Ketchikan High School students are travelers. They travel for sports, music, student government. Before now, volunteer chaperones did not have to go through any official screening before accompanying students on overnight trips. Starting this school year, that won’t be the case.
The Ketchikan School Board Wednesday night approved required background checks for volunteer chaperones on overnight school-sponsored trips. The policy recommendation came from the newly formed Student Safety Committee.
“I believe in having the safest environment for our students as we can and if this is just another tool for that, I’m in favor of it,” Board member Ralph Beardsworth said.
The entire board agreed that student safety is the main priority. But there were some questions.
“I’d like to know how we’re paying for it,” said Board member Colleen Scanlon. “And if it ain’t broke why change it? We’ve been doing school sponsored trips for a hundred years and have not required background checks and now all of a sudden we are?”
Superintendent Robert Boyle said the details of exactly how much the background checks will cost and what funds the district will use to pay for them are not certain. He said most of the chaperones on students trips are school employees, who have already gone through background checks. He guessed there might be around 30 or 40 volunteer chaperones each year who would need to be screened.
“The cost of the security check ranges to about $100 up to in the hundreds of dollars,” school district HR manager Rick Rafter said. “It all depends on how many last names they’ve had and how many places they’ve lived.”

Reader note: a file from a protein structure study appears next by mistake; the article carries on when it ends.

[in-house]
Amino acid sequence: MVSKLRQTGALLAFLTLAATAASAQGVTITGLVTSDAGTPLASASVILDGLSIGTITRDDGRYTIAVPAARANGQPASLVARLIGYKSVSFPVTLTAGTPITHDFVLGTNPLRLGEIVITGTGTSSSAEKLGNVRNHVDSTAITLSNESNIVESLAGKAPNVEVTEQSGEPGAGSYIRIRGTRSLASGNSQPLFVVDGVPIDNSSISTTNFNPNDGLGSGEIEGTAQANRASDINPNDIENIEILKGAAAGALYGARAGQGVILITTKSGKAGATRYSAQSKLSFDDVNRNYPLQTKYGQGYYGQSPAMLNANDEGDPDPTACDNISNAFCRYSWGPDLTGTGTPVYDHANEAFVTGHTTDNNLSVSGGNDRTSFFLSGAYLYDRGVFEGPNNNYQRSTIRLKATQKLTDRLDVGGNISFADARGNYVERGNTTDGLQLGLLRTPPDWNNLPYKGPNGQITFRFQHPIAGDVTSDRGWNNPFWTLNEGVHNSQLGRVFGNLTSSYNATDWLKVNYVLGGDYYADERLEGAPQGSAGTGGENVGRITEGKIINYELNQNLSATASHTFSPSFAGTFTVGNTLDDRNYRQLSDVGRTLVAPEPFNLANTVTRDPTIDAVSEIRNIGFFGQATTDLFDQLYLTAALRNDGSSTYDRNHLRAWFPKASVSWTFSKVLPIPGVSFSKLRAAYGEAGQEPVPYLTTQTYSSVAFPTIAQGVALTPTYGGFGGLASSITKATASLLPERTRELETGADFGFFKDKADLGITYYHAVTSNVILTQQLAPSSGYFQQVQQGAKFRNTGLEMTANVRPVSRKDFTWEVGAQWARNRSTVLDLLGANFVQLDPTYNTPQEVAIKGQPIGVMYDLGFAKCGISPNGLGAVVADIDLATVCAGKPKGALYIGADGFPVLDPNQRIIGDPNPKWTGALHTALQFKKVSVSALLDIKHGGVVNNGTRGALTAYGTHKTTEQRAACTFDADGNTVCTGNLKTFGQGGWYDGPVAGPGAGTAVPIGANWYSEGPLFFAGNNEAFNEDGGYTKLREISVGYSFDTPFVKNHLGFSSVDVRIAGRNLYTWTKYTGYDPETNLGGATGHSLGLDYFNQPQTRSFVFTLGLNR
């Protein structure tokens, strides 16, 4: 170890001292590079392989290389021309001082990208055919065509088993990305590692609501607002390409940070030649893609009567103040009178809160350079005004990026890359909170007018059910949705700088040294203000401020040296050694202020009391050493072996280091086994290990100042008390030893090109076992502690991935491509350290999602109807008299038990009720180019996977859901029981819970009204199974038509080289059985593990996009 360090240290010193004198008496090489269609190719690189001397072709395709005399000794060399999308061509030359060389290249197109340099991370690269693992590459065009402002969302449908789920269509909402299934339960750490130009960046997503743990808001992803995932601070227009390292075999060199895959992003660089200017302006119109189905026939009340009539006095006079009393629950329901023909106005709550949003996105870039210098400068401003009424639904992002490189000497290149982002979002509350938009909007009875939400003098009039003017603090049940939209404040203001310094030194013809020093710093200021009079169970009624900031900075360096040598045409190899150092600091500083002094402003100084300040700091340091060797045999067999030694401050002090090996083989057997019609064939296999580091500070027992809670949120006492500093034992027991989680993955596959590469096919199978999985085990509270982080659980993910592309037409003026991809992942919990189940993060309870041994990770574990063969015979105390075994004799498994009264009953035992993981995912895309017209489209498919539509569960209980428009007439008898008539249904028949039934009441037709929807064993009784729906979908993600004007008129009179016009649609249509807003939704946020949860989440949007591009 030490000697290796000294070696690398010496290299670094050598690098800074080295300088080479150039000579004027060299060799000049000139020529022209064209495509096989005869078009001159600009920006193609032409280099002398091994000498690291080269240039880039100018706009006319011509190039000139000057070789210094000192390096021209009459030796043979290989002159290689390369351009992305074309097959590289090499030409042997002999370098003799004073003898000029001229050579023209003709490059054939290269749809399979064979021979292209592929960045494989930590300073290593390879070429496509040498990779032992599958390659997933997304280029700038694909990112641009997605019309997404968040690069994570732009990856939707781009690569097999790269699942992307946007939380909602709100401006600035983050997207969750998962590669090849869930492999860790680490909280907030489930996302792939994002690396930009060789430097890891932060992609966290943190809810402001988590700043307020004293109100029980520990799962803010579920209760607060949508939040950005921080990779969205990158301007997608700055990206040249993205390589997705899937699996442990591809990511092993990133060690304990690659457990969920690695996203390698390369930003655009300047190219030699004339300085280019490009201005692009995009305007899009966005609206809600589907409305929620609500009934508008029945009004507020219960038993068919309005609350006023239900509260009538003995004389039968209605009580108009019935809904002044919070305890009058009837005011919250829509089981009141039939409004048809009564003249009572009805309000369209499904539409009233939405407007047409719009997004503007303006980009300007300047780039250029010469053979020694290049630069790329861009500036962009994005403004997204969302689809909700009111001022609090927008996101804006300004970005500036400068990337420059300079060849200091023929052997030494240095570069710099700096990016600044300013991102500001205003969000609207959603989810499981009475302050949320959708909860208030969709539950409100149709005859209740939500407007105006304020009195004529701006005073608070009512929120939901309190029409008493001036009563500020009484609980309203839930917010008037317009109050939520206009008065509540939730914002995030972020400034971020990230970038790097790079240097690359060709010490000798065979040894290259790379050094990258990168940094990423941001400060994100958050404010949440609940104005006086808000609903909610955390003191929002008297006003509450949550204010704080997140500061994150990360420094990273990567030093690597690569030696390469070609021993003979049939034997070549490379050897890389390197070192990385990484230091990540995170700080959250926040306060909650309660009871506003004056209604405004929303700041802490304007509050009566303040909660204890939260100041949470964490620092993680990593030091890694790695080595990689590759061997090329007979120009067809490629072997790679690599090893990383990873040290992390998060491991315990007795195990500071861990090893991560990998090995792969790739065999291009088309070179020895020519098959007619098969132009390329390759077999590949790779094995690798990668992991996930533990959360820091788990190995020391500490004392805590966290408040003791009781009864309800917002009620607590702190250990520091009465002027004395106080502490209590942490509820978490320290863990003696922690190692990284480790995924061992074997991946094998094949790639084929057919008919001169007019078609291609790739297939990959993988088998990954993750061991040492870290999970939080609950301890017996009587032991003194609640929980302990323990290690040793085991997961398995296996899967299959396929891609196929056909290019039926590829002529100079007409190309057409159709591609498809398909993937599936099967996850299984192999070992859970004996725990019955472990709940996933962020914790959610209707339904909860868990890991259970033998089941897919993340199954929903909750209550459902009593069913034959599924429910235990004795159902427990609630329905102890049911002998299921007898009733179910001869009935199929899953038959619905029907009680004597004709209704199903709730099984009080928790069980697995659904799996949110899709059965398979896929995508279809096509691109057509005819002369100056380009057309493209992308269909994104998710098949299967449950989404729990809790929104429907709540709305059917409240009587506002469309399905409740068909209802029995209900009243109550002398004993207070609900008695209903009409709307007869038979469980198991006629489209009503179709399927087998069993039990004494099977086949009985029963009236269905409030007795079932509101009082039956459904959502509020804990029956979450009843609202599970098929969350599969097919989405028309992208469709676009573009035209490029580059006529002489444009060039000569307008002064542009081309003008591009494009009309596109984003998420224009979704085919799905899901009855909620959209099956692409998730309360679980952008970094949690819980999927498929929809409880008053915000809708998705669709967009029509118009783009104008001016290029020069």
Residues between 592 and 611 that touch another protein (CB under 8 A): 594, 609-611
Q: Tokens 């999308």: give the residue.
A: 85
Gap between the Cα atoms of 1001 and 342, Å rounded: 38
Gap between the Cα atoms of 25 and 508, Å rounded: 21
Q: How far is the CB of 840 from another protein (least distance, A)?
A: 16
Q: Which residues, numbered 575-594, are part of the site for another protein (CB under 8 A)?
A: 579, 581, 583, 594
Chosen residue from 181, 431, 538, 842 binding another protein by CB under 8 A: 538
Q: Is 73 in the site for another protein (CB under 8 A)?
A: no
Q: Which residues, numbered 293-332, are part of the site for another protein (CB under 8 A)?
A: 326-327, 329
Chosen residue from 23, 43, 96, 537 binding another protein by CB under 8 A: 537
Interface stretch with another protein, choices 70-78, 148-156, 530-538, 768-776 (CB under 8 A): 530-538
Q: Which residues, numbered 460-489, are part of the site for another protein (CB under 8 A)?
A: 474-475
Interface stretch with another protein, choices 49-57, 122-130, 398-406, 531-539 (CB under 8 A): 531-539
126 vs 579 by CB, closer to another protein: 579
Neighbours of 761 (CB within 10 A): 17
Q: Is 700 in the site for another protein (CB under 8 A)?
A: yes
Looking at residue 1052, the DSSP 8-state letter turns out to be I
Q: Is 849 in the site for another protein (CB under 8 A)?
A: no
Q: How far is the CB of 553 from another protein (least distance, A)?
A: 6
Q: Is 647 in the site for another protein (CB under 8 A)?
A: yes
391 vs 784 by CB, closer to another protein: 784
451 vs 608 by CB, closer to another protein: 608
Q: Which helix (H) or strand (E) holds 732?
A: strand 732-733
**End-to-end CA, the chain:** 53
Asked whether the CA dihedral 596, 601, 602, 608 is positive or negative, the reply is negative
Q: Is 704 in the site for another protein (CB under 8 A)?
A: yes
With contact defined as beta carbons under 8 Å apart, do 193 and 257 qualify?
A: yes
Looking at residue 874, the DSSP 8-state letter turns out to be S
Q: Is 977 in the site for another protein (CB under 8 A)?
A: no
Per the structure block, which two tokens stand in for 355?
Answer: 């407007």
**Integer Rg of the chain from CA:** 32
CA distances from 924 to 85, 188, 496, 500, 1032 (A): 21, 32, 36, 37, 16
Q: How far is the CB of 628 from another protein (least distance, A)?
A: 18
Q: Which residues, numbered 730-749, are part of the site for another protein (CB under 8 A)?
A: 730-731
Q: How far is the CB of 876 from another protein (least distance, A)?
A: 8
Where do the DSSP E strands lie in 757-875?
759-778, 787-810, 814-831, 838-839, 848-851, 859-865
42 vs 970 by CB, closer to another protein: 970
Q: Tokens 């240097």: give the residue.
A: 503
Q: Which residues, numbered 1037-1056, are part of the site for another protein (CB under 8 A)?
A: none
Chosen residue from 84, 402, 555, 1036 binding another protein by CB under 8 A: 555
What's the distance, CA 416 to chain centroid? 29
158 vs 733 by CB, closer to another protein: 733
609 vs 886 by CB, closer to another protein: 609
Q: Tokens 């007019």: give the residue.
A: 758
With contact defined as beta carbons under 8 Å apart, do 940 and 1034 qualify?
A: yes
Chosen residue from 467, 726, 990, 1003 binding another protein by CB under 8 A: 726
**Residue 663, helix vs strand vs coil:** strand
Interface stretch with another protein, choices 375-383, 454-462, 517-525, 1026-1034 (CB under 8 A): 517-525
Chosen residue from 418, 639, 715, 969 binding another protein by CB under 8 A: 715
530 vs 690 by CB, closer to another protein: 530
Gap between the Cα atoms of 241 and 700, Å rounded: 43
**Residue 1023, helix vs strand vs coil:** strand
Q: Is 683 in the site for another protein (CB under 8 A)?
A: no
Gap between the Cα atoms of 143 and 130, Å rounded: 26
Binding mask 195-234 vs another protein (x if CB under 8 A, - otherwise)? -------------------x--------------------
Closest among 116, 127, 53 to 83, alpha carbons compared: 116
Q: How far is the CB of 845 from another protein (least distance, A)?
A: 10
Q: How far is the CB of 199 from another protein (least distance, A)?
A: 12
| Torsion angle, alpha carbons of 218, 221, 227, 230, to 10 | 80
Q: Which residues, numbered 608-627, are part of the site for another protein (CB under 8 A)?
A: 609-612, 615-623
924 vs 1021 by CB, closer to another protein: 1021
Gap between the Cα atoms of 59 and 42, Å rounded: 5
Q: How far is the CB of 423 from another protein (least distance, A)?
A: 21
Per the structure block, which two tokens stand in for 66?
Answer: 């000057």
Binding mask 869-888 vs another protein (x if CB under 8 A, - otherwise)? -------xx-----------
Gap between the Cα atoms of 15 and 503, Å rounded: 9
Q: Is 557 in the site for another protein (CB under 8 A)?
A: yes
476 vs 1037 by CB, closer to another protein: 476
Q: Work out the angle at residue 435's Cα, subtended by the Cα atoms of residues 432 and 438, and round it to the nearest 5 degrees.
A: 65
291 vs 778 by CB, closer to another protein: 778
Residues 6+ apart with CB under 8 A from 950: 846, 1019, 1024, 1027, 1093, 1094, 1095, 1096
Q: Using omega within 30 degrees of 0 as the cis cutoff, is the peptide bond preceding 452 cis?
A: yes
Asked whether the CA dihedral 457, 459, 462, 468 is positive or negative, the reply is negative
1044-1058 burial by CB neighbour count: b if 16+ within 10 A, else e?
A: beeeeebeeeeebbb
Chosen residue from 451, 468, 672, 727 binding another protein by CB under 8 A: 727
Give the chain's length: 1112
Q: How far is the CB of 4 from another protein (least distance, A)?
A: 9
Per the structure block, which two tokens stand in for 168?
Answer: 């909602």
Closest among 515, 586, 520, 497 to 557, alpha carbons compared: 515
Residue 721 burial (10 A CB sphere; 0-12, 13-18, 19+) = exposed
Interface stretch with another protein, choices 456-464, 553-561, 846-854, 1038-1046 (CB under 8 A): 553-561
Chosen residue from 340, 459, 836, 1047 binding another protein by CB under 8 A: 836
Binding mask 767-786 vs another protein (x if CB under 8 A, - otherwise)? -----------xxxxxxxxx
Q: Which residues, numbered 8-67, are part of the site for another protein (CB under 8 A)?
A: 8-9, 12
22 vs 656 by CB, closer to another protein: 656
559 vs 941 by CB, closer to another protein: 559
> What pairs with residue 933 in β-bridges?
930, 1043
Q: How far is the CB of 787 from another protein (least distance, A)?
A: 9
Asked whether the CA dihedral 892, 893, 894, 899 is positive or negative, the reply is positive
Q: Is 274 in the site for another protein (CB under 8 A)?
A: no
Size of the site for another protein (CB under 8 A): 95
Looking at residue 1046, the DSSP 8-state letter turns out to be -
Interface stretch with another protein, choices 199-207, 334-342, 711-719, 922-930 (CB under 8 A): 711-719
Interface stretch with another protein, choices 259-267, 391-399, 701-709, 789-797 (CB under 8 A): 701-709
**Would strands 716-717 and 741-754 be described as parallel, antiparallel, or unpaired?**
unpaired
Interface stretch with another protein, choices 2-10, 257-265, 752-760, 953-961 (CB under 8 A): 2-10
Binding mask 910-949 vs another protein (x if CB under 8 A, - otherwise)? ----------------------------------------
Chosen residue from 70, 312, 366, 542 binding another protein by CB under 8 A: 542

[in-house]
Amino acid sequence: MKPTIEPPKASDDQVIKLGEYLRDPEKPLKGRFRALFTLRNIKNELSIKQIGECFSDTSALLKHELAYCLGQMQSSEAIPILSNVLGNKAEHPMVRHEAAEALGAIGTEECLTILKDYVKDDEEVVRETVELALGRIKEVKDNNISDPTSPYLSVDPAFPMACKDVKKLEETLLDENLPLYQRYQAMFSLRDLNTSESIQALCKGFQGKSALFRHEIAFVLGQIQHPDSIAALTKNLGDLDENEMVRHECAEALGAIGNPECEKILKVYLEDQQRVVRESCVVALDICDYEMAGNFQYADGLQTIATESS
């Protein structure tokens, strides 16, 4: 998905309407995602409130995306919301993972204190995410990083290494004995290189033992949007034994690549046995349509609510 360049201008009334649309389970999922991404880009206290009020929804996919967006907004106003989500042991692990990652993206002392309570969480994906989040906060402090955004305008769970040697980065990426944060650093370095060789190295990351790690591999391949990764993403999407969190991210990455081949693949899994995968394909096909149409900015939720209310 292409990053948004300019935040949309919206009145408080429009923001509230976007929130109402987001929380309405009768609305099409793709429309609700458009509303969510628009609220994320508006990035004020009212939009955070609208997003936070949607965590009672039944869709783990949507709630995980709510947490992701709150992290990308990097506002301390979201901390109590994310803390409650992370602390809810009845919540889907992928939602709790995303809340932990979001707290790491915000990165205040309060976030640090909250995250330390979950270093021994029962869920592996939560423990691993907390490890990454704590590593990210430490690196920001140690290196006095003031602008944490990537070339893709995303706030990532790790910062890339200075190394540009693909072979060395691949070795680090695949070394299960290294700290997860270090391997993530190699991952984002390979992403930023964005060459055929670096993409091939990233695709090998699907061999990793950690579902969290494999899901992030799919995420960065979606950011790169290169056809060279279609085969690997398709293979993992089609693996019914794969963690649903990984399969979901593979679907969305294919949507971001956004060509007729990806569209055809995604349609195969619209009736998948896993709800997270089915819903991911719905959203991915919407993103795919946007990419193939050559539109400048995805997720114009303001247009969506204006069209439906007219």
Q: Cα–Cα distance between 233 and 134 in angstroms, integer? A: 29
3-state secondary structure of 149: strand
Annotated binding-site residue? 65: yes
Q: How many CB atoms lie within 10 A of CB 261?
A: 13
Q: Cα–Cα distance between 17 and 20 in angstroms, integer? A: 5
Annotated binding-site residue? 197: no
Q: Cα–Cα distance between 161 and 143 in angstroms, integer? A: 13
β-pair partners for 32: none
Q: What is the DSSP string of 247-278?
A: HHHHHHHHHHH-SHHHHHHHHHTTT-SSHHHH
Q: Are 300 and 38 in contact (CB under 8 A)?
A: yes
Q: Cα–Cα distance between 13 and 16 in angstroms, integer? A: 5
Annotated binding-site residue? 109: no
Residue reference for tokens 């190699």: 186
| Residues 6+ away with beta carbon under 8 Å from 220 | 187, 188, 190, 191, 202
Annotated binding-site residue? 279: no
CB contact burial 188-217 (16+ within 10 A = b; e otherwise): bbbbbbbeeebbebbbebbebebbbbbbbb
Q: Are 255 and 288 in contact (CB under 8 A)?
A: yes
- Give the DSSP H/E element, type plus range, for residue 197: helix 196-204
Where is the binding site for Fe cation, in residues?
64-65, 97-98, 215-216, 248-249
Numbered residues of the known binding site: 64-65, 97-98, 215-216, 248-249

One other question Scanlon posed: will background checks make it more difficult to get volunteers to chaperone school trips?
“If somebody doesn’t want to go on a trip because they’re worried or don’t want to take a background check, I don’t want that person traveling with at least my kid,” Timmerman said.
The rest of the Board agreed in the end. They unanimously voted to accept the policy update and decided to not bring it up for a second reading.
The Board also accepted two state-funded grants. The Digital Teaching Initiative Grant for more than $800,000 is meant to connect Ketchikan’s online classes with school districts on Prince of Wales Island and in Metlakatla. The Obesity Prevention and Control Grant of $150,000 funds more health-related positions for the district, including a PE teacher and wellness coordinator. Both of those grants are spread out over three years.
Three new school district staff introduced themselves at the meeting – Shannon Sines is the new curriculum director, her husband James Sines is assistant principal at Houghtaling Elementary School, and Ketchikan High School alum Adam Thompson is the business manager.
Also, three new teaching contracts were approved. Darby Mainardi at Point Higgins Elementary, Peter Stanton at KIC Tribal Scholars, and Elizabeth Hanson at Tongass School of Arts and Sciences.
The next School Board meeting is scheduled for August 13th.